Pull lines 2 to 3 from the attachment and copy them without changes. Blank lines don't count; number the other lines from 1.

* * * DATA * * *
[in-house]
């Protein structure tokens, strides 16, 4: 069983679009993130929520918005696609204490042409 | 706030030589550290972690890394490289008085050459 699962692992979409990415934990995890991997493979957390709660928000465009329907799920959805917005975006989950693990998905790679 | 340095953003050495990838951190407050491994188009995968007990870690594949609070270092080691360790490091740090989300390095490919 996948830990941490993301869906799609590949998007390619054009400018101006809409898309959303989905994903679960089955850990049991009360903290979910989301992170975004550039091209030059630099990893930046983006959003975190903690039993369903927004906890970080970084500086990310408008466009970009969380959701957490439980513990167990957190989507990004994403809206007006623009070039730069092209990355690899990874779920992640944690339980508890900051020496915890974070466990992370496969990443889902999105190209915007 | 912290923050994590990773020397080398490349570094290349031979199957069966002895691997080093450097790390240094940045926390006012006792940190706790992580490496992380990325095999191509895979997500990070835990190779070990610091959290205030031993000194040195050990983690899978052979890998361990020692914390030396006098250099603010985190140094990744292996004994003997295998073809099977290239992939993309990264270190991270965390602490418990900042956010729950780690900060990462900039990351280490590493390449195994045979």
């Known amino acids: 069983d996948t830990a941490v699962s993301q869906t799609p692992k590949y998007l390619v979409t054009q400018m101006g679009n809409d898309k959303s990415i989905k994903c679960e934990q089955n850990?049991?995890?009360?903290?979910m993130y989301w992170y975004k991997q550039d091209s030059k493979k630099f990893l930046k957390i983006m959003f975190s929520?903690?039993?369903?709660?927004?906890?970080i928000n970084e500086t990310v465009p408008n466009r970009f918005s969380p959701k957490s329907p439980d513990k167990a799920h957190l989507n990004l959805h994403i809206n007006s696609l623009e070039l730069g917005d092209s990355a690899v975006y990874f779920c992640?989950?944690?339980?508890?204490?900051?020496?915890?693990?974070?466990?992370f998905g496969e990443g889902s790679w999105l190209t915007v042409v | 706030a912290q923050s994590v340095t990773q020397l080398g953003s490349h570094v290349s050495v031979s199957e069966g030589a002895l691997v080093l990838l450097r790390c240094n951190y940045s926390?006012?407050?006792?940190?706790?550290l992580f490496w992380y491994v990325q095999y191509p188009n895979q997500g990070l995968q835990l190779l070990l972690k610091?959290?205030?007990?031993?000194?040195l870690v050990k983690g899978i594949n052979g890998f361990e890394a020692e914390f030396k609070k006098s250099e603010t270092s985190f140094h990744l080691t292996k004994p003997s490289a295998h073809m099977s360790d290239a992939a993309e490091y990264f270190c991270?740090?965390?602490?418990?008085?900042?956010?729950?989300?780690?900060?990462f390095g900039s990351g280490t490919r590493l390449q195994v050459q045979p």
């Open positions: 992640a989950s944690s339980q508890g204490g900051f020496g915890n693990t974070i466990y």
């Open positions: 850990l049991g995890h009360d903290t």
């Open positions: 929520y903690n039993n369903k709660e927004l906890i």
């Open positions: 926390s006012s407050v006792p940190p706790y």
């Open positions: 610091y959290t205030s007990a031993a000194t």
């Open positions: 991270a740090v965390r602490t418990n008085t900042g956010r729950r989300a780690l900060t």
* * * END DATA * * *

């Protein structure tokens, strides 16, 4: 069983679009993130929520918005696609204490042409 | 706030030589550290972690890394490289008085050459 699962692992979409990415934990995890991997493979957390709660928000465009329907799920959805917005975006989950693990998905790679 | 340095953003050495990838951190407050491994188009995968007990870690594949609070270092080691360790490091740090989300390095490919 996948830990941490993301869906799609590949998007390619054009400018101006809409898309959303989905994903679960089955850990049991009360903290979910989301992170975004550039091209030059630099990893930046983006959003975190903690039993369903927004906890970080970084500086990310408008466009970009969380959701957490439980513990167990957190989507990004994403809206007006623009070039730069092209990355690899990874779920992640944690339980508890900051020496915890974070466990992370496969990443889902999105190209915007 | 912290923050994590990773020397080398490349570094290349031979199957069966002895691997080093450097790390240094940045926390006012006792940190706790992580490496992380990325095999191509895979997500990070835990190779070990610091959290205030031993000194040195050990983690899978052979890998361990020692914390030396006098250099603010985190140094990744292996004994003997295998073809099977290239992939993309990264270190991270965390602490418990900042956010729950780690900060990462900039990351280490590493390449195994045979």
């Known amino acids: 069983d996948t830990a941490v699962s993301q869906t799609p692992k590949y998007l390619v979409t054009q400018m101006g679009n809409d898309k959303s990415i989905k994903c679960e934990q089955n850990?049991?995890?009360?903290?979910m993130y989301w992170y975004k991997q550039d091209s030059k493979k630099f990893l930046k957390i983006m959003f975190s929520?903690?039993?369903?709660?927004?906890?970080i928000n970084e500086t990310v465009p408008n466009r970009f918005s969380p959701k957490s329907p439980d513990k167990a799920h957190l989507n990004l959805h994403i809206n007006s696609l623009e070039l730069g917005d092209s990355a690899v975006y990874f779920c992640?989950?944690?339980?508890?204490?900051?020496?915890?693990?974070?466990?992370f998905g496969e990443g889902s790679w999105l190209t915007v042409v | 706030a912290q923050s994590v340095t990773q020397l080398g953003s490349h570094v290349s050495v031979s199957e069966g030589a002895l691997v080093l990838l450097r790390c240094n951190y940045s926390?006012?407050?006792?940190?706790?550290l992580f490496w992380y491994v990325q095999y191509p188009n895979q997500g990070l995968q835990l190779l070990l972690k610091?959290?205030?007990?031993?000194?040195l870690v050990k983690g899978i594949n052979g890998f361990e890394a020692e914390f030396k609070k006098s250099e603010t270092s985190f140094h990744l080691t292996k004994p003997s490289a295998h073809m099977s360790d290239a992939a993309e490091y990264f270190c991270?740090?965390?602490?418990?008085?900042?956010?729950?989300?780690?900060?990462f390095g900039s990351g280490t490919r590493l390449q195994v050459q045979p």